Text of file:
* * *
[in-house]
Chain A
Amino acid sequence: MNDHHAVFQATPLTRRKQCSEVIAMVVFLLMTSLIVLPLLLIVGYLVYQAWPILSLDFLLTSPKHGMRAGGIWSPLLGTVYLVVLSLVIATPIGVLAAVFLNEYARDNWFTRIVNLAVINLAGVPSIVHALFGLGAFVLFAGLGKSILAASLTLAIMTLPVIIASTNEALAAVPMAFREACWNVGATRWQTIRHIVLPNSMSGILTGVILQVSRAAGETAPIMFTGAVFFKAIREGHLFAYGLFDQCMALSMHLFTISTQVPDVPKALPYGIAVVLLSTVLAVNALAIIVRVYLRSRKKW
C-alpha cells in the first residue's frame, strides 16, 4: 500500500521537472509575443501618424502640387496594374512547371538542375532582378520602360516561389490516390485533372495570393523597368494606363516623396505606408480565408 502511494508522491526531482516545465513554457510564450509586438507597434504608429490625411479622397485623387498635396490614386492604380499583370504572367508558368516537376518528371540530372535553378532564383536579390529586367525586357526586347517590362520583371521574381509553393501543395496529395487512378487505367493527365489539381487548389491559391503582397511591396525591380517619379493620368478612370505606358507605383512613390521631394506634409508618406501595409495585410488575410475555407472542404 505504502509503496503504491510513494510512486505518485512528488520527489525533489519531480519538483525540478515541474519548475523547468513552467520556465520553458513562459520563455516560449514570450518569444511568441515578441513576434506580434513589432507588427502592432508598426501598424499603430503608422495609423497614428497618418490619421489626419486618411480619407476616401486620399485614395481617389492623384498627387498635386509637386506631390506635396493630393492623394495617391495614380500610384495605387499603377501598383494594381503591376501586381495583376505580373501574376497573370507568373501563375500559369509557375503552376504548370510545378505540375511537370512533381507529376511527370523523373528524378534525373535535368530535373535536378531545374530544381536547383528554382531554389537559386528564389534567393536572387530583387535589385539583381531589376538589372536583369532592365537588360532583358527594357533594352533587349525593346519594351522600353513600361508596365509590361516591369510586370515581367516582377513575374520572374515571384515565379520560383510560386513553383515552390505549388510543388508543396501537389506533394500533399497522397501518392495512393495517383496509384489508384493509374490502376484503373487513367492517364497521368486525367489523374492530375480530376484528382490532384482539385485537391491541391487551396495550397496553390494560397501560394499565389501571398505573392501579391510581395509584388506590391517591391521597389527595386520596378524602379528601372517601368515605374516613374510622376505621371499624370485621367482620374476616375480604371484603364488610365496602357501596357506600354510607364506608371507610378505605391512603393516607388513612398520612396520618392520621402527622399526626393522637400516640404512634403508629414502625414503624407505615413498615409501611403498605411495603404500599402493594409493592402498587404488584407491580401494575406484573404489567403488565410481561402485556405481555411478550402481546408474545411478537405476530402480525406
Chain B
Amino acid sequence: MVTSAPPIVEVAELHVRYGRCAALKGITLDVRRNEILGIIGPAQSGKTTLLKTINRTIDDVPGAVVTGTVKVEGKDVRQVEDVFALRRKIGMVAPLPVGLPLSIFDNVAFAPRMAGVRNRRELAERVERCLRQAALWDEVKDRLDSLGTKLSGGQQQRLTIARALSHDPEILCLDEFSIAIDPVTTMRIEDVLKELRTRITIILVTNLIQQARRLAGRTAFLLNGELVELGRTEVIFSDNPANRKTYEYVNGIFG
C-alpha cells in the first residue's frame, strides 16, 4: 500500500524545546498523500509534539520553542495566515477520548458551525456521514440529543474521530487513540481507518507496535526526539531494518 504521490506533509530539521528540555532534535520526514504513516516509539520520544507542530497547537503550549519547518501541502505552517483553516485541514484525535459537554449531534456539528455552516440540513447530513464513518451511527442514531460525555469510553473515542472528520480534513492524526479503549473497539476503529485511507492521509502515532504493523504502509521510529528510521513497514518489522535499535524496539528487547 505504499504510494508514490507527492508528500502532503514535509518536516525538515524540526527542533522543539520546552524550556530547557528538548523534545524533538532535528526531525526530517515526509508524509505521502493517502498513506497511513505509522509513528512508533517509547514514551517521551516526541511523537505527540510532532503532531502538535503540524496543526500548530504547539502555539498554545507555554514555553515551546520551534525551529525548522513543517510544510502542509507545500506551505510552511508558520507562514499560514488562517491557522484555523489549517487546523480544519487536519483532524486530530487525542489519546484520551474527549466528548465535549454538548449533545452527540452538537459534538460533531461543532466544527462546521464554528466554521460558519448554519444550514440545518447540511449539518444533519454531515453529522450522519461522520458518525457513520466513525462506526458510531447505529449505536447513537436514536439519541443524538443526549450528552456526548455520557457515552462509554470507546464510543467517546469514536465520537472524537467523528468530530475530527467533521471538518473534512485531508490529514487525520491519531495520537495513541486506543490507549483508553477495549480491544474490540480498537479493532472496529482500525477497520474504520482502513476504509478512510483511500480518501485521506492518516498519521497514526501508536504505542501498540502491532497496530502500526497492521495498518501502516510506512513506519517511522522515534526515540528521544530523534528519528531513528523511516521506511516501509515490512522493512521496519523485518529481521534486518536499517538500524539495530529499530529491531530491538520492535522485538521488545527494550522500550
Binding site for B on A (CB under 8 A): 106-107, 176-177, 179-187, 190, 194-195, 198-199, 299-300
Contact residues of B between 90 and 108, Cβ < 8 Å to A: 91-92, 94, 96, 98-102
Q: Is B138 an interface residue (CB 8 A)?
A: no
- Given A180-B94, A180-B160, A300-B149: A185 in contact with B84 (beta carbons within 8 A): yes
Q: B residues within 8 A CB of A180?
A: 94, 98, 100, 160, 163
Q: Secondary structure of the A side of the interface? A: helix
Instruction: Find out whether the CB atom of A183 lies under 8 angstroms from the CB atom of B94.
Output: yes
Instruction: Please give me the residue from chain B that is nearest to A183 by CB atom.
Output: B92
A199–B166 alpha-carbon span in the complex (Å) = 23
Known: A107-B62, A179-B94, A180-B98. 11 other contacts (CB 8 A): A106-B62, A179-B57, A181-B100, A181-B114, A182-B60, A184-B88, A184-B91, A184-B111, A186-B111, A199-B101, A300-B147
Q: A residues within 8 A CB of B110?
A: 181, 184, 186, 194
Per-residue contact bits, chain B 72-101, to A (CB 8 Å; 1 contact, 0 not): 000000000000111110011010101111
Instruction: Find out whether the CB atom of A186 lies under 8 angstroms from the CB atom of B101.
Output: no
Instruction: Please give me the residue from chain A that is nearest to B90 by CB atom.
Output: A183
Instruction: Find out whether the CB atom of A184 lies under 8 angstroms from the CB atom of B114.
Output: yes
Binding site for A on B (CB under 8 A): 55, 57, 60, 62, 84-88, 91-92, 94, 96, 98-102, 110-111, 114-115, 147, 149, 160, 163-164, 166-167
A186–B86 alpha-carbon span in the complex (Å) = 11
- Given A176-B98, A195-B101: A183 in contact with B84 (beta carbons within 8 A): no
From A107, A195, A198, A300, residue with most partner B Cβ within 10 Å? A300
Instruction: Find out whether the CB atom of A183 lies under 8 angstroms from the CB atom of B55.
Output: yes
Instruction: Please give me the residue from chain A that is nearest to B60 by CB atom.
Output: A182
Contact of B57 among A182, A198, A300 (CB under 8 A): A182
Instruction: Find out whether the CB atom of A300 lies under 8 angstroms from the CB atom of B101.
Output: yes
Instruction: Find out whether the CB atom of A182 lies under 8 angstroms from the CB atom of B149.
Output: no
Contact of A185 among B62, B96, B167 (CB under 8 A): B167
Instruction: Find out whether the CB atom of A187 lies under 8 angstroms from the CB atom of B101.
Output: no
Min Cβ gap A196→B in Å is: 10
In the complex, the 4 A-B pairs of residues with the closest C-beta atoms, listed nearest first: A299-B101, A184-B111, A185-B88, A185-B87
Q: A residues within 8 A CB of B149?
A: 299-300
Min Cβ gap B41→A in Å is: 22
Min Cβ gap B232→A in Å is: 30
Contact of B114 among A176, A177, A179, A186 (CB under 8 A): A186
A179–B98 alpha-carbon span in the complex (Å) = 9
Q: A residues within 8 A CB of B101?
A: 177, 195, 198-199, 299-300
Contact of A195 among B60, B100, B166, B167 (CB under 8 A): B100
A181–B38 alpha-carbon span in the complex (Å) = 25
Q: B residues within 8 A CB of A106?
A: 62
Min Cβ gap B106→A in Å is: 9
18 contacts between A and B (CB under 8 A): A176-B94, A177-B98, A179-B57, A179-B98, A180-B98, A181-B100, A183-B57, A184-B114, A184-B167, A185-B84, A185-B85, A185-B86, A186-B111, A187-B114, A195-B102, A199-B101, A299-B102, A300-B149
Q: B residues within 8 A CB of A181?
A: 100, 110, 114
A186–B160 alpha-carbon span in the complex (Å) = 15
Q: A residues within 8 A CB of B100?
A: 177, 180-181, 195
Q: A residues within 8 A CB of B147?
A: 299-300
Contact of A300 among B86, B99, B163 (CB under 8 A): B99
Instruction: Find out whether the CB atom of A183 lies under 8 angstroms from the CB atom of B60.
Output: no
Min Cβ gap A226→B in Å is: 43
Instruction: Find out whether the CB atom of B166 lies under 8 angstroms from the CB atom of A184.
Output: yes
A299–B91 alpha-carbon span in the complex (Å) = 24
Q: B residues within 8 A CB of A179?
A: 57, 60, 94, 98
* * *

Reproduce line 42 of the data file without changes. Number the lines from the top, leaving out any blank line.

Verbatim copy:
Instruction: Find out whether the CB atom of A182 lies under 8 angstroms from the CB atom of B149.